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Common Questions About Preschoolers, Activity, and Obesity

Teacher And Preschoolers
Obesity is an epidemic that affects one in three American children, according to the American Heart Association. With a growing trend towards a sedentary lifestyle, including a heavier reliance on screens on less time spent outdoors or being active, it's easy to figure out why the number of young children who are overweight or obese is growing.
As a parent, you may wonder what you can do to help your preschooler reduce the risk of obesity. Along with the daily physical activity your child gets during their preschool day, you can help them to eat right and stay active at home.
Not only will regular physical activity help to keep your child at a healthy weight, but it will also improve both their fine (small) and gross (large) motor skills. These abilities are necessary for your child to do everything from buttoning their coat to walking up and down the stairs.
How can you help your preschooler to combat the obesity epidemic? Look at some of the common questions that parents of prekindergarten children have about weight gain and a healthy lifestyle.
Will All Screen Time Contribute to Weight Gain?
Simply stated - no. They key here is to find balance. In general, young children in the U.S. tend to engage in screen time that goes beyond what is considered healthy. Studies have shown that preschool children (between the ages of two and five) spend anywhere from 2.2 to 4.6 hours a day in front of a screen, according to the Campaign for a Commercial-Free Childhood (CCFC).
A preschooler who spends more time than not sitting in front of a screen is compromising their health. This type of heavy screen viewing is a passive pursuit that can easily lead to weight gain. But a child who spends minimal time in front of a screen isn't likely to see the same problems.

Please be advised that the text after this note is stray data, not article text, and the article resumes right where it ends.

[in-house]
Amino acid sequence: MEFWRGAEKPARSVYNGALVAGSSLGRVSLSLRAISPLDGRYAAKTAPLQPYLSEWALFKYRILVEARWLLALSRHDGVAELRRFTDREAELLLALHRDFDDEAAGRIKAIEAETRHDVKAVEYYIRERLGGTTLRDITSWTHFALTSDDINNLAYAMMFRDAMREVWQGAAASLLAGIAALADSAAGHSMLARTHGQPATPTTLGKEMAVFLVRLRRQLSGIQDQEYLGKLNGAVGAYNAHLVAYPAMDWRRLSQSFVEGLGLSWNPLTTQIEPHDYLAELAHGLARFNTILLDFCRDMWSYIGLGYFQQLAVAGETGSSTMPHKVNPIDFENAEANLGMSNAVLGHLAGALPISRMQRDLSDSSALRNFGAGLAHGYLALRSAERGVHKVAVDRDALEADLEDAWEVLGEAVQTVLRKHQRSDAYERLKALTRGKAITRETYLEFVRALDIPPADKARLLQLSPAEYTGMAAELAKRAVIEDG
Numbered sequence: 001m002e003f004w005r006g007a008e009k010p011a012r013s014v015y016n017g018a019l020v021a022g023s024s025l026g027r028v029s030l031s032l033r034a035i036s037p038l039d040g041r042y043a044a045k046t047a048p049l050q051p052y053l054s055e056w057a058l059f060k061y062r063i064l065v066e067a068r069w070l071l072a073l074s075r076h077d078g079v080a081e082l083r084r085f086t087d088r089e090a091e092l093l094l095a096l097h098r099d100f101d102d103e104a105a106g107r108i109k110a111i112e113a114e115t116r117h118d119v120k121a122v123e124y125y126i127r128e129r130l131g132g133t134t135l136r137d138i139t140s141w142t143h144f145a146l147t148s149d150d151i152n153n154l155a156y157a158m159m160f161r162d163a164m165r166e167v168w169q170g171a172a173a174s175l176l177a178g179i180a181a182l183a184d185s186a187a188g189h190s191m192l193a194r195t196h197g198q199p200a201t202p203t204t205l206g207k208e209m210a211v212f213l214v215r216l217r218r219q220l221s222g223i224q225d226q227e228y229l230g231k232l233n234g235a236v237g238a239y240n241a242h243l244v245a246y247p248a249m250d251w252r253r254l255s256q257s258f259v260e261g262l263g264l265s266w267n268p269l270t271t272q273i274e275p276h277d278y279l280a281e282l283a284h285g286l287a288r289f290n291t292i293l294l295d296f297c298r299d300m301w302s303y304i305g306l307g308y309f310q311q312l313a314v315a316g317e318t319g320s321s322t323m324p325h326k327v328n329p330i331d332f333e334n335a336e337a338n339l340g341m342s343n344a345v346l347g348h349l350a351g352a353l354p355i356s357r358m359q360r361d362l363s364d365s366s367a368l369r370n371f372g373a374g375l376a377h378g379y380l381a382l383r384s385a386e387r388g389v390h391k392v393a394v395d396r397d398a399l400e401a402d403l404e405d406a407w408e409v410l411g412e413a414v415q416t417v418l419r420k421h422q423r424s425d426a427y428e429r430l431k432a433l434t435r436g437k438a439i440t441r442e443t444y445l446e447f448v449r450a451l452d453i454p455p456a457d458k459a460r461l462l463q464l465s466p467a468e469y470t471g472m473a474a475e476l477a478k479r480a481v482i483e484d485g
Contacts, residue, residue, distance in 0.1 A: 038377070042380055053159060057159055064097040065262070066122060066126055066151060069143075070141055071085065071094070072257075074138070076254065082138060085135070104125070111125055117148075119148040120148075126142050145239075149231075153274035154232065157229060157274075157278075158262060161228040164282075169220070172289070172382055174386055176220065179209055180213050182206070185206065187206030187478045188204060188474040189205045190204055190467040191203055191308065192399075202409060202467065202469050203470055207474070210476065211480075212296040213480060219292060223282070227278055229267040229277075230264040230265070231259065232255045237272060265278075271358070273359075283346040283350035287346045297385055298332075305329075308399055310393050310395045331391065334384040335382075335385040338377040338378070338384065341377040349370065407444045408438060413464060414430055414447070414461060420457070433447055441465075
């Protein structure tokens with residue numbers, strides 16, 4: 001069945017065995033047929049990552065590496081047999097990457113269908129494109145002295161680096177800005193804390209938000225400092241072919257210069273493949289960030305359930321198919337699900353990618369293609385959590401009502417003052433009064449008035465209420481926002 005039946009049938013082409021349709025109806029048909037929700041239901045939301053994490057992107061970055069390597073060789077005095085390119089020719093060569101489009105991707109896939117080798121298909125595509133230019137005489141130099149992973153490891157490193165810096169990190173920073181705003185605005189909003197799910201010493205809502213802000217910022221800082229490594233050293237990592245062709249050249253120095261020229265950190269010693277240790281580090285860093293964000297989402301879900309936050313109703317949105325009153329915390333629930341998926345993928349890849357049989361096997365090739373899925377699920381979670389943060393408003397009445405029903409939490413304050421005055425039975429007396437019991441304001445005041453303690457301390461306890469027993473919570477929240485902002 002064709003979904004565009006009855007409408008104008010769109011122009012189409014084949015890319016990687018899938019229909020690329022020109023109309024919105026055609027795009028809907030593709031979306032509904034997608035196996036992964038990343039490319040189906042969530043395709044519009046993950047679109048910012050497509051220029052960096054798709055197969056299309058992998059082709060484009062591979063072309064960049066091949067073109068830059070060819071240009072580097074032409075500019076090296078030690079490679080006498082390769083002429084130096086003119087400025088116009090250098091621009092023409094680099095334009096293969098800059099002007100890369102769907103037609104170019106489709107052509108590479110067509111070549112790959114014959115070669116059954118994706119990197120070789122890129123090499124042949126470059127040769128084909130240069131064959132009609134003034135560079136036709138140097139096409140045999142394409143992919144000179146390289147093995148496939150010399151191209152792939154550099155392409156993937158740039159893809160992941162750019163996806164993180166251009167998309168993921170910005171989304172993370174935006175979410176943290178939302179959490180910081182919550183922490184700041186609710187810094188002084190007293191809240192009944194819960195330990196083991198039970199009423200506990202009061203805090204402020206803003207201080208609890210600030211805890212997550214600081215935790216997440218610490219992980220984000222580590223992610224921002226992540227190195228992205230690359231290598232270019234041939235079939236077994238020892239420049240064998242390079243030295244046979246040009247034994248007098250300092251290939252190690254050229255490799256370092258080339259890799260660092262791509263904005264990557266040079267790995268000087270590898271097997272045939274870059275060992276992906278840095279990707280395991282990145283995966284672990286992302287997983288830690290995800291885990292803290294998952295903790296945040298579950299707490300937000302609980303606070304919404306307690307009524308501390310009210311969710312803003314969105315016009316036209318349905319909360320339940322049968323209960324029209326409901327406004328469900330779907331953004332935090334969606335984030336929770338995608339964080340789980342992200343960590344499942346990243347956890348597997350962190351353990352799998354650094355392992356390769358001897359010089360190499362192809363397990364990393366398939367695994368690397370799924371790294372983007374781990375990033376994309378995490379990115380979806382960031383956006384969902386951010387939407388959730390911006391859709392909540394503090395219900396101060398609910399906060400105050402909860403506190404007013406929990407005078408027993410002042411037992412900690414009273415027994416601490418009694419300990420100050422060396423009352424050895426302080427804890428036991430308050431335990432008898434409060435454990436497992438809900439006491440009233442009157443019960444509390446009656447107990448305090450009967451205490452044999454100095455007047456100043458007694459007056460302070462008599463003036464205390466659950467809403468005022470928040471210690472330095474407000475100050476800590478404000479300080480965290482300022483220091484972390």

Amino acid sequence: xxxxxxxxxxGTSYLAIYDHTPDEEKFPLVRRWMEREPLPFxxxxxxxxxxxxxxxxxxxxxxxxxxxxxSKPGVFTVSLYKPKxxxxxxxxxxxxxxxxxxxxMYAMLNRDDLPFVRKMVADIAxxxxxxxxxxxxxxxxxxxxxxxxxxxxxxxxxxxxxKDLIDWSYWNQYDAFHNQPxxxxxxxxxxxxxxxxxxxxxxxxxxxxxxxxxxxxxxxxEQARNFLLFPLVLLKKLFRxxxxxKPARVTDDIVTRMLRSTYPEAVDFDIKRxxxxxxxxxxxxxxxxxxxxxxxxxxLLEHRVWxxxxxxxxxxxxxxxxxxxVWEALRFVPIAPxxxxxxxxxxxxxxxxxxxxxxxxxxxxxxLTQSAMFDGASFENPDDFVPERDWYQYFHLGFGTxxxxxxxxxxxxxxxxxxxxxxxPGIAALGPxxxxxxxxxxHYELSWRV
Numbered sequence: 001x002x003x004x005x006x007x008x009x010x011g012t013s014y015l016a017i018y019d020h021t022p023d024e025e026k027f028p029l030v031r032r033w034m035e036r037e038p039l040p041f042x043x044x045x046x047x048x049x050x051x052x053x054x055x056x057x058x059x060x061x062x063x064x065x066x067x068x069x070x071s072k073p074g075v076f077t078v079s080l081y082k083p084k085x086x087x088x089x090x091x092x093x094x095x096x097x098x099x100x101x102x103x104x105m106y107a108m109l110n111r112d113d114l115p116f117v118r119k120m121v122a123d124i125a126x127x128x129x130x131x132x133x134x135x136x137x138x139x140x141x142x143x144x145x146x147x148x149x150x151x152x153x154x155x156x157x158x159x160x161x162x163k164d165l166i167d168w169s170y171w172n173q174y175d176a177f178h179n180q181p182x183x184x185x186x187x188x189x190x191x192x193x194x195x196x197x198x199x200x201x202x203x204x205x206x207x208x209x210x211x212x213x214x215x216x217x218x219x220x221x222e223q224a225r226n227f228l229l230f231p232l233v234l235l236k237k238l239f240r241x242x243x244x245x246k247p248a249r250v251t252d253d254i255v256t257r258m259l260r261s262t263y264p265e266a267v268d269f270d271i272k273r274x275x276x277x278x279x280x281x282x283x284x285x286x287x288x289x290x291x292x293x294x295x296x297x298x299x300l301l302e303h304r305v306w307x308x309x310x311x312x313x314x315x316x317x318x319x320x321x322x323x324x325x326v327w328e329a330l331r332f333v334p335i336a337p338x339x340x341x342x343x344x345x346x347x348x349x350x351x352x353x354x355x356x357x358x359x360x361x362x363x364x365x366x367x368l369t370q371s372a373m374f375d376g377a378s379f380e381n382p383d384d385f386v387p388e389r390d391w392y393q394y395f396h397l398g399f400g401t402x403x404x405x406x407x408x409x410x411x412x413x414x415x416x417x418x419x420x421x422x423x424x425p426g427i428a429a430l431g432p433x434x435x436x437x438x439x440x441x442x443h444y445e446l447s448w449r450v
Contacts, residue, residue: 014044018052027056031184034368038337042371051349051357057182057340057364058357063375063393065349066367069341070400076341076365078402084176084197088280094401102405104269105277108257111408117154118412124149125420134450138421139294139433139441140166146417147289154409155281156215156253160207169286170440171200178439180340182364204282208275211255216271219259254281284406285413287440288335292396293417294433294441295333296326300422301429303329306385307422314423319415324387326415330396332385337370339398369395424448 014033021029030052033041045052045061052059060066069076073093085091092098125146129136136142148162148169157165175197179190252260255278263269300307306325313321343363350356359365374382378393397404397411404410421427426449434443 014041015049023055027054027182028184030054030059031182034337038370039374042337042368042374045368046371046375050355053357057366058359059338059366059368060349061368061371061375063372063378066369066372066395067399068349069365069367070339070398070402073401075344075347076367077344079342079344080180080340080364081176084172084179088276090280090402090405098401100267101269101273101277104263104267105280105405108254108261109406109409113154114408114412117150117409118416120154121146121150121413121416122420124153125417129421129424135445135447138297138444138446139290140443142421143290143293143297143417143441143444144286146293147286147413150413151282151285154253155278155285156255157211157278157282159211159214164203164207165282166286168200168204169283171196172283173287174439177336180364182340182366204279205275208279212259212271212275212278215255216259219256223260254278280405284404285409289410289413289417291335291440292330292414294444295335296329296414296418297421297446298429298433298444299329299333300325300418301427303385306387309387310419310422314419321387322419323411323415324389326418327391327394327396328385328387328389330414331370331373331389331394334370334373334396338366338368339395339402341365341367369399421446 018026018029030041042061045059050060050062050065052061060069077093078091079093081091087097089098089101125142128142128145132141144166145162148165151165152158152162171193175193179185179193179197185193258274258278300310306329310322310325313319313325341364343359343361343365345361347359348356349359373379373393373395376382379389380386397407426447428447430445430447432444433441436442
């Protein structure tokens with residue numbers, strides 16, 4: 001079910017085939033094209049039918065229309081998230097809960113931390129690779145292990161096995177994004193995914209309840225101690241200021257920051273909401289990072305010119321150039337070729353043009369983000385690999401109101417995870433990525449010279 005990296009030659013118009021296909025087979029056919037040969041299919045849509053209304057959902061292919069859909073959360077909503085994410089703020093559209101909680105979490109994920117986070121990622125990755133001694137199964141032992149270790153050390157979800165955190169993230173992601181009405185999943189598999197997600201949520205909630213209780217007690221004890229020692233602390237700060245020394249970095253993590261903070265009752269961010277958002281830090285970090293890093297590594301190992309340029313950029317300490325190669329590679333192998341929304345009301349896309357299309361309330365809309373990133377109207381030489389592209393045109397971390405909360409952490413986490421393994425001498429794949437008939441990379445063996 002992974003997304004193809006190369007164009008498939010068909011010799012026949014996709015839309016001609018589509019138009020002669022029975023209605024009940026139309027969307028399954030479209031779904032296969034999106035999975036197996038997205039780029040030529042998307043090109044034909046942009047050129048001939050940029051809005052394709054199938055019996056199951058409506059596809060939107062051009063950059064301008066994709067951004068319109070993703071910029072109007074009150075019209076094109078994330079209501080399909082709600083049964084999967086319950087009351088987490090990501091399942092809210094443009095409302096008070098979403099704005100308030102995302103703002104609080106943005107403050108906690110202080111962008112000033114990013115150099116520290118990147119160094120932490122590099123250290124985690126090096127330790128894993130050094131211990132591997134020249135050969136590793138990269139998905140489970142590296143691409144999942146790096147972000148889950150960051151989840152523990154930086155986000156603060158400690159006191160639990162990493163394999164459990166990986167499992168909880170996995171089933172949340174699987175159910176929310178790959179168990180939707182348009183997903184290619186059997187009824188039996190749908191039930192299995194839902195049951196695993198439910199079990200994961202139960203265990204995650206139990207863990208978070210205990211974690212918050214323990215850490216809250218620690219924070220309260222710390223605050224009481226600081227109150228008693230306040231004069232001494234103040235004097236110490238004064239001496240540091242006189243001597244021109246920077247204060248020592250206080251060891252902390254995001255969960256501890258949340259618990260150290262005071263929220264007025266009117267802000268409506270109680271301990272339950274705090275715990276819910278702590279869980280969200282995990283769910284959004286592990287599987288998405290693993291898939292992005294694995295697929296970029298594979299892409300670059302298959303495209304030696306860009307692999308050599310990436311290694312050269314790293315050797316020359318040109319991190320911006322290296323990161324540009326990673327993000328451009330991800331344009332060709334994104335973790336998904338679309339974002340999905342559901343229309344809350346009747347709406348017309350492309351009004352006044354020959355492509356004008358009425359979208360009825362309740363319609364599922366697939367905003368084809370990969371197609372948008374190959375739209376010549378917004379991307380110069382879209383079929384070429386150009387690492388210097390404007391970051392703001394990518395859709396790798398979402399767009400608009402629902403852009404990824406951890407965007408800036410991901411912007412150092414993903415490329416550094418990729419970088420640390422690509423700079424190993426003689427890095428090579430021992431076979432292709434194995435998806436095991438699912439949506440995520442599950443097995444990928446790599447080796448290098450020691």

The American Academy of Pediatrics (AAP) recommends no more than one hour of high-quality screen viewing for preschoolers ages two to five. If your child exceeds this by several hours, or their screen-time is getting in the way/displacing other less passive activities, balance can help to minimize the risks.
There's no reason to completely cut all screen time - especially when it comes to educational shows/content. By reducing the number of hours of allowed viewing time or adding more physical activity to your child's day, you can create a healthy sense of balance.
How Much Activity Should a Preschooler Get?
Your three-year-old doesn't need to spend their entire day jogging or running in circles just to stay at a healthy weight. The Centers for Disease Control and Prevention (CDC) recommends that children get at least one hour of physical activity each day.
The type of activity that your child gets can vary by day. Keep in mind, the one-hour recommendation doesn't have to mean that your child gets one continuous hour of physical activity. Your child could play 30 minutes of soccer, run around the playground for 20 minutes, and play tag for another 10 minutes.
What Type of Activity Should a Preschooler Engage In?
Your preschooler can engage in a seemingly endless number of physical activities to stay at a healthy weight. When choosing an activity, make sure that your child enjoys it. Children are more receptive to the types of activities they enjoy. That means if your preschooler loves to dance but doesn't enjoy soccer, a family dance party is preferable.
If you're not entirely sure what to try, easy activities that are age-appropriate for preschoolers include moving like a favorite animal; riding tricycles; rolling or tossing soft or rubber ball; or running, jumping, or hopping through an obstacle course.
Does your preschooler need the added benefit of movement activities during the school day? Contact Kids & Company for more information.